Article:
Processing Magazine

Tyson CEOs paid too much


January 16, 2008
Proxy advisory firm Proxy Governance Inc. recently recommended Tyson Foods Inc. shareholders withhold voting for nine directors at the meat producer''s annual shareholders meeting due to performance and pay concerns, the Associated Press reports. The advisory firm said Tyson has significantly underperformed in the past three years relative to a peer group made up of other meat producers and food companies. The firm added that the company''s management has not done enough to respond to industry issues that have cut into profit, such as export restrictions on beef and higher animal feed costs.

Tyson ended fiscal 2007 in the black after struggling, like all meat producers, to pay the higher animal feed prices. The costs jumped this year due to high prices for corn, which is used to make animal feed. Corn skyrocketed on demand for the alternative fuel ethanol, which is also made with the grain.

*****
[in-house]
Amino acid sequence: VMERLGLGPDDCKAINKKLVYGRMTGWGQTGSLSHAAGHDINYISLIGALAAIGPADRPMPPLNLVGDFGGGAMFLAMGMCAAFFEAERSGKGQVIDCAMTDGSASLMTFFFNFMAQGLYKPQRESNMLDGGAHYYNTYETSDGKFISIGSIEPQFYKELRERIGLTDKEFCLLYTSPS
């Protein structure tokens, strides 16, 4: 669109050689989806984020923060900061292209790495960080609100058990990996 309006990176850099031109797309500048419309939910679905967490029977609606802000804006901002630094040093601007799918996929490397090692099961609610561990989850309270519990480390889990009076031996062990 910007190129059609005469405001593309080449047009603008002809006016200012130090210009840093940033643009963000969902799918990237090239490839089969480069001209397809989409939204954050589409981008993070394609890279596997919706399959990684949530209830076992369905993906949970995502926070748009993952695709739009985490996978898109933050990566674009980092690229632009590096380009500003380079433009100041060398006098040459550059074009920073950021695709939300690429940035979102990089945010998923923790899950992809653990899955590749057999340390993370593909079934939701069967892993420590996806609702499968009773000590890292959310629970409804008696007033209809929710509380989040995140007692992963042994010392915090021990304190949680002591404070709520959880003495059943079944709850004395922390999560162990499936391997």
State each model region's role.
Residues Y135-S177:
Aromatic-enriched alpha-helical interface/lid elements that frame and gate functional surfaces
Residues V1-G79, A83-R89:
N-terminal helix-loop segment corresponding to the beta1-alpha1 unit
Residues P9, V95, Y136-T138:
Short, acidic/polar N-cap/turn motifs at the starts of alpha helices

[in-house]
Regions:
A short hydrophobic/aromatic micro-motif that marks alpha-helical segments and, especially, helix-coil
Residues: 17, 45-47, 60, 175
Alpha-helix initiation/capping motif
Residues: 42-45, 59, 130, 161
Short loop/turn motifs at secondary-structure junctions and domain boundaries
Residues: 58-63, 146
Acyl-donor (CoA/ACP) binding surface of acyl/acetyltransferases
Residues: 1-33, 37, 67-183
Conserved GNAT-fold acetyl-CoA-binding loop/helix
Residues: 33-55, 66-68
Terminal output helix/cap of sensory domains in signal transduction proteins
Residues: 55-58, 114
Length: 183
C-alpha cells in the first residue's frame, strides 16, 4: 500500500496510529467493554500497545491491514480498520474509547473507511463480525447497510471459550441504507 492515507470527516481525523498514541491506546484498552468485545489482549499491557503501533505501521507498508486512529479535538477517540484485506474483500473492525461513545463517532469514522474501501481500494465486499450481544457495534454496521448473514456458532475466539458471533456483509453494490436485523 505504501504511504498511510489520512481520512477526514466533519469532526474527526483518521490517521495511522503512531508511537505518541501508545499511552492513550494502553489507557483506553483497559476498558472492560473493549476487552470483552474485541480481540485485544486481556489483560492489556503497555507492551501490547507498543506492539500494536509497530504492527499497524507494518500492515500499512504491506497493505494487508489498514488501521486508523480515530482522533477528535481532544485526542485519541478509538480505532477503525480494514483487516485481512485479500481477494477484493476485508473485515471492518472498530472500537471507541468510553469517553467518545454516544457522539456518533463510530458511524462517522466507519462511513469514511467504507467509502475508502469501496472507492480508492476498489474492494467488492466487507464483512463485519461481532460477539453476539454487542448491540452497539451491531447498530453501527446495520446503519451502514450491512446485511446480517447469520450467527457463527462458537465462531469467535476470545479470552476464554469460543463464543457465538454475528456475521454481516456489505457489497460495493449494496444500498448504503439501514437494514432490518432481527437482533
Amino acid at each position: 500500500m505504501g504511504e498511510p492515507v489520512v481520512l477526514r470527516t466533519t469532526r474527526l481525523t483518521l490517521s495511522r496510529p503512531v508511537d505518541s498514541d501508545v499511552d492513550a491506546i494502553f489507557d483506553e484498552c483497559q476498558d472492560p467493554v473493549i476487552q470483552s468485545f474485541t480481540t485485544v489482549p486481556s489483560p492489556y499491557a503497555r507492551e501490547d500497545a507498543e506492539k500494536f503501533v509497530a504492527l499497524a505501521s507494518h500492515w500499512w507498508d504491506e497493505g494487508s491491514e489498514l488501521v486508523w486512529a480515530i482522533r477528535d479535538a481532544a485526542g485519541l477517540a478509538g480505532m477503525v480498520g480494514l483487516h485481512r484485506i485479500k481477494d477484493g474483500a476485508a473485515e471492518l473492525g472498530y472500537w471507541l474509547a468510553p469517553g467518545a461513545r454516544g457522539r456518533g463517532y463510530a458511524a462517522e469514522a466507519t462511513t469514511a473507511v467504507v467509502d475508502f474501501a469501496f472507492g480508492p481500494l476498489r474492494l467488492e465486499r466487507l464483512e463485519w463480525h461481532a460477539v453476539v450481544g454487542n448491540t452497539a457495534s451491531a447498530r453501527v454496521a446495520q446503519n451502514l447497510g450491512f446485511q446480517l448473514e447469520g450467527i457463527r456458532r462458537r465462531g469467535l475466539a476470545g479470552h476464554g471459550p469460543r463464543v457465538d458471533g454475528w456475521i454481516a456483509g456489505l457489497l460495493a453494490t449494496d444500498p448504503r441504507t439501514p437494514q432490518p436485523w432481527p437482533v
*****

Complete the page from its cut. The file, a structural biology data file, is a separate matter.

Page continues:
The advisory firm said it was also concerned that Tyson chief executives were paid too much in comparison to the leaders of similar companies, many of which performed better than Tyson during the past three years. The firm estimated they were paid 82 percent above the median paid to other CEOs in the peer group. In fiscal 2007, Chief Executive Richard L. Bond, who took office in May 2006, received compensation valued by the Springdale, Ark., company at about $24.6 million. About $20.8 million of that was paid in the form of stock and stock options, according to a proxy statement filed last month. Bond is one of the directors up for re-election to the board. Proxy Governance advised shareholders to withhold voting for him. Proxy Governance also recommended withholding votes for incumbent directors Don Tyson, John Tyson, Scott T. Ford, Lloyd V. Hackley, Jim Kever, Jo Ann R. Smith, Barbara A. Tyson and Albert C. Zapanta.